But Spain’s economic minister—Luis de Guindos—admonished investors to be cautious and not to become overly optimistic. He pointed to the Eurozone’s slow and complex decision-making process, a process that is continuing to inject uncertainty into global markets because of its seeming inability to address structural issues of distressed Eurozone countries.
 
Although borrowing costs remain high for the country, this week’s auctions brought yields much lower than last month’s. There is still fear among the country’s creditors that a bailout will be necessary. A notable development is the observation that each country—Spain, France, and Italy—are buying debt within its own borders with few foreign investors coming in.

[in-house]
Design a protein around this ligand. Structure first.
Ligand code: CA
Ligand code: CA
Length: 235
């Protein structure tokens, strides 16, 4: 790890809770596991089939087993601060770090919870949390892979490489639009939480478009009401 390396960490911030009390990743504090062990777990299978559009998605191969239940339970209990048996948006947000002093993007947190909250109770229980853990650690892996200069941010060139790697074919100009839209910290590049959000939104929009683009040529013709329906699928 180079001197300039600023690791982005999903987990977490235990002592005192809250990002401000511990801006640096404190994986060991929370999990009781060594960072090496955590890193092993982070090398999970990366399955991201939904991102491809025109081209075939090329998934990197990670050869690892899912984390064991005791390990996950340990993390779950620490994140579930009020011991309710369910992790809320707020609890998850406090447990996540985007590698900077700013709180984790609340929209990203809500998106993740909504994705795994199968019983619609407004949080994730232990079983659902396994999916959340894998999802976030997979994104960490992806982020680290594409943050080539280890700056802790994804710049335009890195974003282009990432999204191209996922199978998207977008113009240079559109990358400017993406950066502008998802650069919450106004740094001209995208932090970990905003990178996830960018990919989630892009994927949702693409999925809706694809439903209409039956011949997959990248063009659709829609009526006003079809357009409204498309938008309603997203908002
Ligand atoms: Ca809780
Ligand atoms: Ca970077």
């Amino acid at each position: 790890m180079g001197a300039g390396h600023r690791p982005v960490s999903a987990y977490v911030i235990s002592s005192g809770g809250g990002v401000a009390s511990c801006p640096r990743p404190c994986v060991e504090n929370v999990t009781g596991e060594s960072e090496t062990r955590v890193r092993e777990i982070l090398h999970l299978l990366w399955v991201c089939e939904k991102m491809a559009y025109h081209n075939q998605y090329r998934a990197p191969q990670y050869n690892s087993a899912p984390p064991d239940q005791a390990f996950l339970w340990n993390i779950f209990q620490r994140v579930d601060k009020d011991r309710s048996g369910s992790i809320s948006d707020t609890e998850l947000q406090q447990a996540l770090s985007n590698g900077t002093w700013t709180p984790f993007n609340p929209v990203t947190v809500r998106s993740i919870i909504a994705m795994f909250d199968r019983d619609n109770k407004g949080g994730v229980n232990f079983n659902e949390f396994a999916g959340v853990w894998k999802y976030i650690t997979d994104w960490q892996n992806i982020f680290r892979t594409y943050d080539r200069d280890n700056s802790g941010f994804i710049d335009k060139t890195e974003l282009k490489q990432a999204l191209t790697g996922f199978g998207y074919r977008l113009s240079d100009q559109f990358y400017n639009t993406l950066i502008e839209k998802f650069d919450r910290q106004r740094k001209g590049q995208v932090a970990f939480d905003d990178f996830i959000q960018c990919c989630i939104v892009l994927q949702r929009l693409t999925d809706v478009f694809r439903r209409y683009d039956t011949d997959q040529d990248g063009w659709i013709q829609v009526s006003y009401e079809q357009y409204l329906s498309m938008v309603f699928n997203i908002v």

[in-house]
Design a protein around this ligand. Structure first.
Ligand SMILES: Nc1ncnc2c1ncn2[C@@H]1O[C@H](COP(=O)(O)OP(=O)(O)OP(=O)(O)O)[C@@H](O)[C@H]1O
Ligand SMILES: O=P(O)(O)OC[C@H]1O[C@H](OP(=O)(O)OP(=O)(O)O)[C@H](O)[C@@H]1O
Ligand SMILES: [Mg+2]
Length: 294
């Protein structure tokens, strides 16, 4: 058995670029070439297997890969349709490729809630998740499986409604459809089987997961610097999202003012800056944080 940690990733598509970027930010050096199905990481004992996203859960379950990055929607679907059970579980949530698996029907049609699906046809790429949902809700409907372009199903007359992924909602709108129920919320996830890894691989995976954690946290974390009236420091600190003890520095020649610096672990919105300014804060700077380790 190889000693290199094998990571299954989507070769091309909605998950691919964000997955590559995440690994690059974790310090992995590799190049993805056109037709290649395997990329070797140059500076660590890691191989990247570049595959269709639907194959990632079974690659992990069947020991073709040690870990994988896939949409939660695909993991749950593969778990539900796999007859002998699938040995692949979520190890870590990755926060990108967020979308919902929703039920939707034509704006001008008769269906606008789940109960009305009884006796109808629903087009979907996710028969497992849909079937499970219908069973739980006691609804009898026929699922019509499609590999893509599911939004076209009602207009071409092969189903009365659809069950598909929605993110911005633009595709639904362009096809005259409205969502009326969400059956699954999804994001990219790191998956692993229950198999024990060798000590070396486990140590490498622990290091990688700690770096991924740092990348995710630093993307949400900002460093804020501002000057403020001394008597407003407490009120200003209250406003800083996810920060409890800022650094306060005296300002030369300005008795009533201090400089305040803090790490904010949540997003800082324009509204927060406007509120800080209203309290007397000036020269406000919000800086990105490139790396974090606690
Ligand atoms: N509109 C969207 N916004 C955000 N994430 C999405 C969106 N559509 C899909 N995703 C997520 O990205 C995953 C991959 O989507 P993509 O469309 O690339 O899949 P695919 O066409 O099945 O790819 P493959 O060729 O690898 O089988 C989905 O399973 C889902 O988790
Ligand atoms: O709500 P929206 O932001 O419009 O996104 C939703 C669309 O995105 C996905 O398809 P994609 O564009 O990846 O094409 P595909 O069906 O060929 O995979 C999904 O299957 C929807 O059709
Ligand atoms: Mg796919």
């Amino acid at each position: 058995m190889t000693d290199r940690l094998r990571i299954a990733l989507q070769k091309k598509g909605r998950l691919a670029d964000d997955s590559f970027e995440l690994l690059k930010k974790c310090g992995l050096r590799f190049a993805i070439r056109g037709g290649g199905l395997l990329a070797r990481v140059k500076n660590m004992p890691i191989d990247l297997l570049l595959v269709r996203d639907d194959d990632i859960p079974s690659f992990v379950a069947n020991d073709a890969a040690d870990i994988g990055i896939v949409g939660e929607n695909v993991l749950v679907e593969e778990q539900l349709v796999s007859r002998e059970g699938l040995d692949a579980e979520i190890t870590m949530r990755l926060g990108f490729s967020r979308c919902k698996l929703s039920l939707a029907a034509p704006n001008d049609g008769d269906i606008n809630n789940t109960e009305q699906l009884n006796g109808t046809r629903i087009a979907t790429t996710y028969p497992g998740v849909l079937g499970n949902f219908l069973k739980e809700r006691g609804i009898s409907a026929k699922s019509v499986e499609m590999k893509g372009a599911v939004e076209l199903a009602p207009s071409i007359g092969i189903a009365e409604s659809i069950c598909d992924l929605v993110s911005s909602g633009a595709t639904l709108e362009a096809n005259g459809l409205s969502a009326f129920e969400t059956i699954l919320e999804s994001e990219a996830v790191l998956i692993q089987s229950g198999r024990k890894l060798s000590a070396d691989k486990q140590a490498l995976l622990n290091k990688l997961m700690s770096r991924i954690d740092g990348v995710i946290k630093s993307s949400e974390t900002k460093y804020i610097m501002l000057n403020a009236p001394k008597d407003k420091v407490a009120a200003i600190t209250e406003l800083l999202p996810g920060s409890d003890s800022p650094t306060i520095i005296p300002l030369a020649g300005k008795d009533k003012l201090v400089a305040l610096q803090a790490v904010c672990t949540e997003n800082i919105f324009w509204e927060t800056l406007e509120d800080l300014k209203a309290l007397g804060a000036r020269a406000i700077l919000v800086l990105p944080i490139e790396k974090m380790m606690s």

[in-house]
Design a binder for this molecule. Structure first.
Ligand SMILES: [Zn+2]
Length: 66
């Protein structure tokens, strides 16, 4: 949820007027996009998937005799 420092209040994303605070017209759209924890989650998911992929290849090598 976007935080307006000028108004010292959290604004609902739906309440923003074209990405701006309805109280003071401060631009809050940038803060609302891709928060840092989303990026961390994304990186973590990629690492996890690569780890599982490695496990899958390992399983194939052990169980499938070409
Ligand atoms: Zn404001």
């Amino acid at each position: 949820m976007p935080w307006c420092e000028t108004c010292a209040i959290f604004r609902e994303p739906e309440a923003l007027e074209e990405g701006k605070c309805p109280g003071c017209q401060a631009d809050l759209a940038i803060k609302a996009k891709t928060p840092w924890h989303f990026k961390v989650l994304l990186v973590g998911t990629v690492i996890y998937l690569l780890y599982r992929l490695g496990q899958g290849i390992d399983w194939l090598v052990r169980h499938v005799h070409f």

The fear is that other countries could be lining up facing similar problems, increasing the amount of funds Europe will need to resolve its sovereign debt issues.

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